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Queen's officially opens Brant House

  • [Brant House Opening]
    Principal Daniel Woolf, left, and Chancellor Jim Leech, right, welcome Dr. Marlene Brant Castellano to the opening of Brant House. (Photo by Bernard Clark)
  • [Brant House Opening]
    Ann Brant, widow of Dr. Clare Clifton Brant, speaks during the opening of Brant House on Saturday, Oct. 3. (Photo by Bernard Clark)
  • [Brant House Opening]
    Janice Hill, director of the Four Directions Aboriginal Student Centre at Queen’s, speaks during the opening of Brant House . (Photo by Bernard Clark)
  • [Brant House Opening]
    Brant House, one of two new residences at Queen's University, accommodates 271 students and was officially opened on Saturday, Oct. 3. (Photo by Bernard Clark)
  • [Brant House Opening]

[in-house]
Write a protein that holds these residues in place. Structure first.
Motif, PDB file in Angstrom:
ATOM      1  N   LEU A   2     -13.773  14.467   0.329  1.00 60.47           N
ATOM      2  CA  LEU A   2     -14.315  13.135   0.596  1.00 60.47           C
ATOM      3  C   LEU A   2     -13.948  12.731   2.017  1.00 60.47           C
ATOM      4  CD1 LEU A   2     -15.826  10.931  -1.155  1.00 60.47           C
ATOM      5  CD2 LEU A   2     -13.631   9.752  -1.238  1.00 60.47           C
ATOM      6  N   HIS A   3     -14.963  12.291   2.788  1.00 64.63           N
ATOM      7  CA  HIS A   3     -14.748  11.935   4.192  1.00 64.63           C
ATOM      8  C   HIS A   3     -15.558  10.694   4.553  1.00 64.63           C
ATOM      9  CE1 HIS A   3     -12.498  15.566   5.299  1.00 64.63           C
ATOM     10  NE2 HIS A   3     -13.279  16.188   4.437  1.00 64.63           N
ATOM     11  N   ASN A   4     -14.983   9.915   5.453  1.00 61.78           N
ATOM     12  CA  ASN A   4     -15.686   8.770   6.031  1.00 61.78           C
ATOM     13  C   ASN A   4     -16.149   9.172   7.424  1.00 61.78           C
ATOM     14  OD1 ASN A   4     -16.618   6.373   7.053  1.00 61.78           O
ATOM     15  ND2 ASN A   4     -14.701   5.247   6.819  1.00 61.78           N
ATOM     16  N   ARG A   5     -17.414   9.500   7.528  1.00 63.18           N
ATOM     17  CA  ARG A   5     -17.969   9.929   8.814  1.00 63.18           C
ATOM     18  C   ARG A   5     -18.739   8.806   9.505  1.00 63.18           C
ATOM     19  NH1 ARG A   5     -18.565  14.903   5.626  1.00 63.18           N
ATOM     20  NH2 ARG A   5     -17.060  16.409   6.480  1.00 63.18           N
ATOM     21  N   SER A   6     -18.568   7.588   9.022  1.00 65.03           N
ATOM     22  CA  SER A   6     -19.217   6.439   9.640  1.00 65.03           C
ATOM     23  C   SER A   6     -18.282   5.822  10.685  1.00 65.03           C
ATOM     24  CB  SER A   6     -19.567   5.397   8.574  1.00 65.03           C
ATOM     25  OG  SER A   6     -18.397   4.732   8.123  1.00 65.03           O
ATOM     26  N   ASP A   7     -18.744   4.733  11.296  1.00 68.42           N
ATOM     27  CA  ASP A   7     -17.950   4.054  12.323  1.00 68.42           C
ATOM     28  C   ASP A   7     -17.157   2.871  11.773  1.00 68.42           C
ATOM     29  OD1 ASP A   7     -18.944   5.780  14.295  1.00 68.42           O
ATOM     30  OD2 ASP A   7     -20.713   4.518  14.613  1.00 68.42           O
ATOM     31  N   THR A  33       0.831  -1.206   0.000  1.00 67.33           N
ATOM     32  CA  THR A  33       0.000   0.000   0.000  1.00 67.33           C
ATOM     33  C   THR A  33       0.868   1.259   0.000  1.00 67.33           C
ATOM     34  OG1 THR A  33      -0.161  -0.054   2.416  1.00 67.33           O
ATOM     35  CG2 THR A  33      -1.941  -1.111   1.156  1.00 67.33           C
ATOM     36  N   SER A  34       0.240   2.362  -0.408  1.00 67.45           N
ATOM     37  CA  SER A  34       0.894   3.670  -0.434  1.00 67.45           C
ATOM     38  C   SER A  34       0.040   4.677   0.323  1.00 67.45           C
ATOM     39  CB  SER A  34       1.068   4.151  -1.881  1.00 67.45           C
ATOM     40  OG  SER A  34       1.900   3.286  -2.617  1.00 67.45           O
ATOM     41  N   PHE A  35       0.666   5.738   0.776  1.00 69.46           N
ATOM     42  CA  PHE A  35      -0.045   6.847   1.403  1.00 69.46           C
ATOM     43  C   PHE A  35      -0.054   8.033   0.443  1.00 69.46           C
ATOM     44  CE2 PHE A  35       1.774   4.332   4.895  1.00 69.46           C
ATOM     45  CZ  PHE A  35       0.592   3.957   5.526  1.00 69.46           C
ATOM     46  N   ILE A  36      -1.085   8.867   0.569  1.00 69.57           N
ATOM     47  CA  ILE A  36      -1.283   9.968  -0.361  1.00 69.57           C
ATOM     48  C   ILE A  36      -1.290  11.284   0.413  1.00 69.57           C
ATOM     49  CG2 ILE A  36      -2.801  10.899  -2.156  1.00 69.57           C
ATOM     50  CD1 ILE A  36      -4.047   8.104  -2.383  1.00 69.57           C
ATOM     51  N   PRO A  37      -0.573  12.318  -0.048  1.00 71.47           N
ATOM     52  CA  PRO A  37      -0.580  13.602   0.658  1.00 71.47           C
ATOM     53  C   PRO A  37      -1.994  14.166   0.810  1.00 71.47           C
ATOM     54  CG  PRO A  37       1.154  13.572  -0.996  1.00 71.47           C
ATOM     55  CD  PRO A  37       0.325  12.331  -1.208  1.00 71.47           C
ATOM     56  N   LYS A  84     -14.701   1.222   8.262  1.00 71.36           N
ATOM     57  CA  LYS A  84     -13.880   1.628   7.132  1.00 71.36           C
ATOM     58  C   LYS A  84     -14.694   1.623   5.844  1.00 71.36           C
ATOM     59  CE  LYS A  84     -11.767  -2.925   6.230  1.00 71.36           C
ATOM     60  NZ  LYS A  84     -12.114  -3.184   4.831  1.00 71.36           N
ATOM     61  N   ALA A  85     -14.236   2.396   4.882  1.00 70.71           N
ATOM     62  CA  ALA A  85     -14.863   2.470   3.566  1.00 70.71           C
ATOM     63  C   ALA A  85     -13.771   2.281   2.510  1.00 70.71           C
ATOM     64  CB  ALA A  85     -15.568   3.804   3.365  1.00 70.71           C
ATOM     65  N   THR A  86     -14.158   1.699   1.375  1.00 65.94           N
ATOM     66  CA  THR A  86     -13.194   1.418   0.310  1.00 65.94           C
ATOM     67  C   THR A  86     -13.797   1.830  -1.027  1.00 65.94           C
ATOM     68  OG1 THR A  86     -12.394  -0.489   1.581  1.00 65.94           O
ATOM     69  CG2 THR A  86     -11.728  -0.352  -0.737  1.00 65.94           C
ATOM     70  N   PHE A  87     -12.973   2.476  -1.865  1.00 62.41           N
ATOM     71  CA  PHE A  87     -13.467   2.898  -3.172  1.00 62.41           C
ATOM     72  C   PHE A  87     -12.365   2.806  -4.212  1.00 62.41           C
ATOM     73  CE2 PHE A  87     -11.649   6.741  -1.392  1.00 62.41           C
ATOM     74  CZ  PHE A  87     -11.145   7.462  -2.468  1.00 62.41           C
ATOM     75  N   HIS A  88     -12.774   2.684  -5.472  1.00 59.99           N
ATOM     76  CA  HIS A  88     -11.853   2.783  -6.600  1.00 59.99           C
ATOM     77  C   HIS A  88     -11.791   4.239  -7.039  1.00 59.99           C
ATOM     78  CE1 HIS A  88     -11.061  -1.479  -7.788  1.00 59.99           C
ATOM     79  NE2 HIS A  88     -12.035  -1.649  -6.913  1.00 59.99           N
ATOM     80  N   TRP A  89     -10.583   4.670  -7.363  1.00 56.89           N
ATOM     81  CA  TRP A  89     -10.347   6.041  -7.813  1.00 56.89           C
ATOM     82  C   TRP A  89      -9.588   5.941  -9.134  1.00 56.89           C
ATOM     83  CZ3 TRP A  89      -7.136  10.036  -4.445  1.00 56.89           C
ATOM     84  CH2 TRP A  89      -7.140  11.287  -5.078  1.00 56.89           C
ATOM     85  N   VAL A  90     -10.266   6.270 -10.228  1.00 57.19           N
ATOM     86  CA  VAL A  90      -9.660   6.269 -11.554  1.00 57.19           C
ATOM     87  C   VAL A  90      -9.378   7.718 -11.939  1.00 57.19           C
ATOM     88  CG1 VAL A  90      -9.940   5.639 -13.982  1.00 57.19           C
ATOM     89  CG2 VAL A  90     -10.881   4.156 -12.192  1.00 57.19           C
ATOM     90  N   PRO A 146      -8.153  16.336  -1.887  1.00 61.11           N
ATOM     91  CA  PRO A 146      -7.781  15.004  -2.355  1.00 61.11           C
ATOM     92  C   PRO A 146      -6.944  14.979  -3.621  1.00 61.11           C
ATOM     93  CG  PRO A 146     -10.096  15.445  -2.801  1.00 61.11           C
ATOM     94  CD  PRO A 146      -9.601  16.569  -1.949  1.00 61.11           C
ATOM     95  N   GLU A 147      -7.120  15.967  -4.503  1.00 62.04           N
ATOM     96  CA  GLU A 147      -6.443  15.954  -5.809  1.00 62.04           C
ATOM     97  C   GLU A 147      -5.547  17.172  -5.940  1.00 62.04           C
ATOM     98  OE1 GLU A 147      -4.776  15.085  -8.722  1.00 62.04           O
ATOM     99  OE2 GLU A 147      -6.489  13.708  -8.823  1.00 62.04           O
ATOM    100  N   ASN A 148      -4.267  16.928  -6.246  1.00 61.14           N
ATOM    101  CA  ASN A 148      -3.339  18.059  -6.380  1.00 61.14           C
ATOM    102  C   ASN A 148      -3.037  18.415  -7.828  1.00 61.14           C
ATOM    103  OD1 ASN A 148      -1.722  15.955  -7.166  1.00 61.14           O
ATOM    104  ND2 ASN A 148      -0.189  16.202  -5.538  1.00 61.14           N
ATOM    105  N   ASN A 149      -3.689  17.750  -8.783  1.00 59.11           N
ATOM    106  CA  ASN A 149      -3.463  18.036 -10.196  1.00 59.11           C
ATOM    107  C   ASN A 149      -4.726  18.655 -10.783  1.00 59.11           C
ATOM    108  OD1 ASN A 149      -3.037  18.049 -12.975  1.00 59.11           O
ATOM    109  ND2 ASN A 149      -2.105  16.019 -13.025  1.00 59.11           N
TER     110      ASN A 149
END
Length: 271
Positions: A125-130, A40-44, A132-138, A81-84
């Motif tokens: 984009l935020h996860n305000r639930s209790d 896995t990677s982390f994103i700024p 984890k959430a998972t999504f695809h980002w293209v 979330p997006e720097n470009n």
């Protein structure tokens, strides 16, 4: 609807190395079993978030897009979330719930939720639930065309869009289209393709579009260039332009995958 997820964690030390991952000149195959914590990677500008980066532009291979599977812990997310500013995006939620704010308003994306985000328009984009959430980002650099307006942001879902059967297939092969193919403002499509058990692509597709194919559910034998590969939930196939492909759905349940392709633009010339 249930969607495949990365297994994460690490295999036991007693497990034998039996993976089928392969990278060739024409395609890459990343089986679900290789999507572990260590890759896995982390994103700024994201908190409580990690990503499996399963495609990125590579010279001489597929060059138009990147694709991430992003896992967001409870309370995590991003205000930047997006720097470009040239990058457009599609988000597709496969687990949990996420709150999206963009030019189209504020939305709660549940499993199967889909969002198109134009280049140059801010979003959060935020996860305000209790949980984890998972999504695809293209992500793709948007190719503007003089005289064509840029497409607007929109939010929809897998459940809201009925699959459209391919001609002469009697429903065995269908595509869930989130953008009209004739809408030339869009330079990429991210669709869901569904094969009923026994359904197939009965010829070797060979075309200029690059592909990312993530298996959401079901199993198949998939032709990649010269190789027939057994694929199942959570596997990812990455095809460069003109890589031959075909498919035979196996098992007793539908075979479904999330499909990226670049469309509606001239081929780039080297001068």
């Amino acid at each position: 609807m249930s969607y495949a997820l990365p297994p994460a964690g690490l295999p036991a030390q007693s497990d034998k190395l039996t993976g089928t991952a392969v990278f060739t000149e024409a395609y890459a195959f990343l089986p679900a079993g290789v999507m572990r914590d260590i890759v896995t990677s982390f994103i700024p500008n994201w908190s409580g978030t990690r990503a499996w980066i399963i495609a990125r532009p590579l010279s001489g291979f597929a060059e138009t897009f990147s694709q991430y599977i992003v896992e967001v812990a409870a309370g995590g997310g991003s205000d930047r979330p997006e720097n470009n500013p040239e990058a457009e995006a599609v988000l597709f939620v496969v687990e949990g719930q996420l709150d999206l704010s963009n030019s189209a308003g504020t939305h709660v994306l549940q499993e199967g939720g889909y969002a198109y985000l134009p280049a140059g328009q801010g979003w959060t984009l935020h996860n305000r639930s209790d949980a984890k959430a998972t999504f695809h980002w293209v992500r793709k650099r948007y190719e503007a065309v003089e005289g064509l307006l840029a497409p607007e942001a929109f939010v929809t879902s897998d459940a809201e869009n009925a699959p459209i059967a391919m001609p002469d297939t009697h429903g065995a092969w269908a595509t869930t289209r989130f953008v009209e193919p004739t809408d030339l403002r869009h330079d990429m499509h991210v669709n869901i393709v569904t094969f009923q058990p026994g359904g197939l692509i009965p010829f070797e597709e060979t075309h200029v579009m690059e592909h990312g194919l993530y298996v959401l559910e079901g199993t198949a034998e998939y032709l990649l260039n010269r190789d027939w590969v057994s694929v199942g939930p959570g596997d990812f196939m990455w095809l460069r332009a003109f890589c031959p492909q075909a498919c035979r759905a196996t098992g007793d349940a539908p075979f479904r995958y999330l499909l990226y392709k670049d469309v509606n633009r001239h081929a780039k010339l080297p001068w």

A collective stomp dance, led by Tyendinaga Young Men Singers, was part of the festivities for the opening of Brant House on Saturday, Oct. 3. (Photo by Bernard Clark)

Queen’s University celebrated the opening of Brant House, one of two new student residences, on Saturday, Oct. 3.

The building is named in honour of Dr. Marlene Brant Castellano and Dr. Clare Clifton Brant  – Mohawks of the Bay of Quinte of the Tyendinaga Mohawk Territory, members of the Wolf Clan, and Queen’s graduates.

Dr. Marlene Brant Castellano (Arts’55, LLD’91) is a leader in Aboriginal education and research who has dedicated her life to the rights and well-being of Indigenous students. Her late brother, Dr. Clare Clifton Brant, was Canada’s first Aboriginal psychiatrist and worked to advance Aboriginal mental health issues.

The residence, which accommodates 271 students, is located on Lower Albert Street.

Queen’s campus is situated on traditional Anishinaabe and Haudenosaunee territory.